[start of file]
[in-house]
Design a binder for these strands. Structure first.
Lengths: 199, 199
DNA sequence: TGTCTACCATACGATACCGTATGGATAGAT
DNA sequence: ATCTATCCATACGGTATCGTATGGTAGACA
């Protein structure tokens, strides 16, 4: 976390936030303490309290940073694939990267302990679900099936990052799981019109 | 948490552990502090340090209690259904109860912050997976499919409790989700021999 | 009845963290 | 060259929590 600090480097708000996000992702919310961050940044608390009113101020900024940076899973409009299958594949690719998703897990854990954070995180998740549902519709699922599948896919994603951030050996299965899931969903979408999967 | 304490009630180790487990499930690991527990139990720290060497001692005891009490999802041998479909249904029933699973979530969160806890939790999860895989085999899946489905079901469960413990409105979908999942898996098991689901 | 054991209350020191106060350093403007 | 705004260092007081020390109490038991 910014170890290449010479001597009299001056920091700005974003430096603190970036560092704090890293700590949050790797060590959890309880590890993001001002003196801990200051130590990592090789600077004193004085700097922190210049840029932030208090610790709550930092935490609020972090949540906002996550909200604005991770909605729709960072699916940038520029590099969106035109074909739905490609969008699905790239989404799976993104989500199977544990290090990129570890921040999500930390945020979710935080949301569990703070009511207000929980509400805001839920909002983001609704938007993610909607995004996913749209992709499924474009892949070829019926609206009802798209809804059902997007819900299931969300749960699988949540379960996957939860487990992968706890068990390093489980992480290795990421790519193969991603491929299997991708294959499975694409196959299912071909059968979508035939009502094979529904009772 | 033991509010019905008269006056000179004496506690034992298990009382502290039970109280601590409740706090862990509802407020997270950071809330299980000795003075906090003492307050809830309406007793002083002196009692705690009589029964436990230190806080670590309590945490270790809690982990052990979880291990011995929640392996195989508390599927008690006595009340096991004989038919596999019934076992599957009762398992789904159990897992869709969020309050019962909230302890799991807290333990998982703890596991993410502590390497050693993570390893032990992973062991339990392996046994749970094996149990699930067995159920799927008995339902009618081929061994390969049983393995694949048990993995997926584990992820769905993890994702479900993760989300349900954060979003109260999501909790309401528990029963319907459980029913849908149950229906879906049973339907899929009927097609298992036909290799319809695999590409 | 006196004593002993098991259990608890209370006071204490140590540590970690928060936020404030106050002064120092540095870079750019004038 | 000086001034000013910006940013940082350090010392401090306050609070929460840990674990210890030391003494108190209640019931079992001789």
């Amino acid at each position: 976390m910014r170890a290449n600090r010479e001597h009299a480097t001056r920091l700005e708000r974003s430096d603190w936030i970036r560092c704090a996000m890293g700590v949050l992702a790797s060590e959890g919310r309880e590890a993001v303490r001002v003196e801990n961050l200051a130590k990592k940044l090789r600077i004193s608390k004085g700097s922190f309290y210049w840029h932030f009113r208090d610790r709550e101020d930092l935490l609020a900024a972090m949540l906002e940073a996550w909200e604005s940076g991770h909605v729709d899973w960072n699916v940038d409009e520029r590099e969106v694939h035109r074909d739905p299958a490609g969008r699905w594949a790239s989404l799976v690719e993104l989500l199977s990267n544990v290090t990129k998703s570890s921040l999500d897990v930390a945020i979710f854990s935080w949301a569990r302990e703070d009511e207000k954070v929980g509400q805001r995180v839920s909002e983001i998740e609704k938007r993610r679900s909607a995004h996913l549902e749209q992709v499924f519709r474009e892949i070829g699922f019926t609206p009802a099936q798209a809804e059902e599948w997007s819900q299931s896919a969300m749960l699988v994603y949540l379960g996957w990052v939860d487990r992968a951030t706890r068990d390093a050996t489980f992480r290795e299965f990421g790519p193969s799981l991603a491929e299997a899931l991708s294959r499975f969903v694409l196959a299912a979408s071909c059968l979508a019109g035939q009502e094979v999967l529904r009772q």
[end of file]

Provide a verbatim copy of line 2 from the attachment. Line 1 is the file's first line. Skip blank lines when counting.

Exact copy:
Design a binder for these strands. Structure first.